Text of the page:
90's Tech to The Rescue (network monitor)

Tagged: hacking linux netgear networks palm paperclips serial

Like many of you, I am throttled by the uplink speed of my network. Unfortunately, my upstream router (which also supplies my HDTV channels) is supplied by my ISP, and I do not have root access. The cable company also doesn’t release metrics for line usage, data transfer for television shows, etc. Fortunately, it uses standard ip networking over Ethernet. I ended up using a 90’s era netgear router and an old Palm V to display link statistics, throughput, etc. The connection was made using paper-clips…. more info after the break!

palm v router information

The netgear 314 I had in my closet is actually a re-branded ZyXEL Prestige 314. This is nice as it comes with a serial terminal interface already set up. By inserting this router into your network between your router and the upstream port you can easily set up a syslog rebroadcaster to a linux box on your network. That’s the easy way…..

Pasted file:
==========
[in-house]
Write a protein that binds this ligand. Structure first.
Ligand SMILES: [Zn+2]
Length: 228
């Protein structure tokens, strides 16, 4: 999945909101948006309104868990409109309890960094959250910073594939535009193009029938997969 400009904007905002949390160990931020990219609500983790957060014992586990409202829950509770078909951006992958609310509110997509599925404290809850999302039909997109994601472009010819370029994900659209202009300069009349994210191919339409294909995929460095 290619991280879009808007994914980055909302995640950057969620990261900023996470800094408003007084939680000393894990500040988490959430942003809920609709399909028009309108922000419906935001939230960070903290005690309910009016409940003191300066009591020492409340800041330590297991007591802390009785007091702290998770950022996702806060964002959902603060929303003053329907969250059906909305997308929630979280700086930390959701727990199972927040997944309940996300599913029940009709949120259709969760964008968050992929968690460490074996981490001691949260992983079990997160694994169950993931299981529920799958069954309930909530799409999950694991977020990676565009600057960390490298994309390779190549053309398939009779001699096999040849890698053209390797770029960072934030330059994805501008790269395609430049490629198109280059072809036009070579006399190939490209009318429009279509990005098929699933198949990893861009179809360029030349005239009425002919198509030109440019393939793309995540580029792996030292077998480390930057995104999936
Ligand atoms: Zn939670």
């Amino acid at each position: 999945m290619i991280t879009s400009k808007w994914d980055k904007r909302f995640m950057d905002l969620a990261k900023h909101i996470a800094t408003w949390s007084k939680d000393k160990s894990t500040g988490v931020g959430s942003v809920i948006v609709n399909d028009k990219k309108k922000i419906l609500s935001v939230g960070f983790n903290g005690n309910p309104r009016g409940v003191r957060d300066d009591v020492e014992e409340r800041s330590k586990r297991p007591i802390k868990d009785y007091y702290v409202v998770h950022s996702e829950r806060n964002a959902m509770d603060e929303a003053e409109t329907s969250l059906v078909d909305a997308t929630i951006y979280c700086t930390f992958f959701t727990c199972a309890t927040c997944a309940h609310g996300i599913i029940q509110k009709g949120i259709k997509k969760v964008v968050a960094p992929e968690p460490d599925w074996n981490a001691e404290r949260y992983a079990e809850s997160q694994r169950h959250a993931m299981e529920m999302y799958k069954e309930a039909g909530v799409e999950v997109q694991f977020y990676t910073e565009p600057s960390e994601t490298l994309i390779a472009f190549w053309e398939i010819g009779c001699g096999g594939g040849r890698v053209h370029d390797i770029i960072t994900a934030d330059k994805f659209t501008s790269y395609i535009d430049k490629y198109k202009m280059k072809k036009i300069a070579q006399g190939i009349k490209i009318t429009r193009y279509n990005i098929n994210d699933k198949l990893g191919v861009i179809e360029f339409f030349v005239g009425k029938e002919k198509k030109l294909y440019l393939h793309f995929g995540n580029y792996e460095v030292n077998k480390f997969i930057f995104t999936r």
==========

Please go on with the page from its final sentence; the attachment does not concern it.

As I also had an old Palm V sitting around, I figured it’d be more fun to do it the hard way. There’s an old serial terminal program for palm called ptelnet that I recommend. It has macro functionality, so also I recommend setting your macros to be your favorite system info commands for the Zyxel interface (net show tables, ip address, etc).

If you’ve got a null modem cable around (f-f adapter) you can plug straight in. Otherwise you’ll have to roll your own. Lucky for us the serial protocol only needs 3 lines (power, rx, tx (pins 2,3,5)). The netgear expects hardware flow control to be on, so you’ll also need to bridge those lines as well (pins 7,8). I used paper clips (dangerous!!!!), but I would recommend using shielded wires.

Once you’ve got all your pins connected (or swapped depending on your cabling..), fire up your terminal emulator and power on your router. You’re all set to get all sorts of nice statistics your ISP may not want you knowing about.